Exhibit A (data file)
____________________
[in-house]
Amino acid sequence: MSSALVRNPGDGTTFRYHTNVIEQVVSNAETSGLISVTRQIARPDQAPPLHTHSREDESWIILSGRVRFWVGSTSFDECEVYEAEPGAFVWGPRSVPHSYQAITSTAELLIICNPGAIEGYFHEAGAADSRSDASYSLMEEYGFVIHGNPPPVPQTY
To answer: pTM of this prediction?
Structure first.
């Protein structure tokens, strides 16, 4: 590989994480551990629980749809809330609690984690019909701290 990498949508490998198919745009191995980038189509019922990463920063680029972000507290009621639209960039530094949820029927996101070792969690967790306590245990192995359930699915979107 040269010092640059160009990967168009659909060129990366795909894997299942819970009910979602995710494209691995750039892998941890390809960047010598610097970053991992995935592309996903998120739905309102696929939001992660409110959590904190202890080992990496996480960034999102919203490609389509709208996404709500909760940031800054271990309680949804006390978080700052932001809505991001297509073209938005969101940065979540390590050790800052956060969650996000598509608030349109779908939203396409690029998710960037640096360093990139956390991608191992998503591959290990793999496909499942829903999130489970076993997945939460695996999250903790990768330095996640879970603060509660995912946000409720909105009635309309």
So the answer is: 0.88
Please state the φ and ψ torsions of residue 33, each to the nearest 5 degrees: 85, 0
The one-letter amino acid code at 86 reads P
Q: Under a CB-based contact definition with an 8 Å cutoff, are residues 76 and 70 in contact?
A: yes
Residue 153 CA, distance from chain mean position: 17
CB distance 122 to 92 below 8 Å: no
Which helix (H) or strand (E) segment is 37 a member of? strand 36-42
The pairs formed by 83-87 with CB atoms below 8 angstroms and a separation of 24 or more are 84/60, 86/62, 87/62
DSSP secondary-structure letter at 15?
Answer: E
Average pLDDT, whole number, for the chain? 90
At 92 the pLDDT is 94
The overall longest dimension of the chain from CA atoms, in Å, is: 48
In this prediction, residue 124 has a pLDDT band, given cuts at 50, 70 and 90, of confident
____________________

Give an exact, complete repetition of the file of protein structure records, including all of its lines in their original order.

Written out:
[in-house]
Amino acid sequence: MSSALVRNPGDGTTFRYHTNVIEQVVSNAETSGLISVTRQIARPDQAPPLHTHSREDESWIILSGRVRFWVGSTSFDECEVYEAEPGAFVWGPRSVPHSYQAITSTAELLIICNPGAIEGYFHEAGAADSRSDASYSLMEEYGFVIHGNPPPVPQTY
To answer: pTM of this prediction?
Structure first.
């Protein structure tokens, strides 16, 4: 590989994480551990629980749809809330609690984690019909701290 990498949508490998198919745009191995980038189509019922990463920063680029972000507290009621639209960039530094949820029927996101070792969690967790306590245990192995359930699915979107 040269010092640059160009990967168009659909060129990366795909894997299942819970009910979602995710494209691995750039892998941890390809960047010598610097970053991992995935592309996903998120739905309102696929939001992660409110959590904190202890080992990496996480960034999102919203490609389509709208996404709500909760940031800054271990309680949804006390978080700052932001809505991001297509073209938005969101940065979540390590050790800052956060969650996000598509608030349109779908939203396409690029998710960037640096360093990139956390991608191992998503591959290990793999496909499942829903999130489970076993997945939460695996999250903790990768330095996640879970603060509660995912946000409720909105009635309309």
So the answer is: 0.88
Please state the φ and ψ torsions of residue 33, each to the nearest 5 degrees: 85, 0
The one-letter amino acid code at 86 reads P
Q: Under a CB-based contact definition with an 8 Å cutoff, are residues 76 and 70 in contact?
A: yes
Residue 153 CA, distance from chain mean position: 17
CB distance 122 to 92 below 8 Å: no
Which helix (H) or strand (E) segment is 37 a member of? strand 36-42
The pairs formed by 83-87 with CB atoms below 8 angstroms and a separation of 24 or more are 84/60, 86/62, 87/62
DSSP secondary-structure letter at 15?
Answer: E
Average pLDDT, whole number, for the chain? 90
At 92 the pLDDT is 94
The overall longest dimension of the chain from CA atoms, in Å, is: 48
In this prediction, residue 124 has a pLDDT band, given cuts at 50, 70 and 90, of confident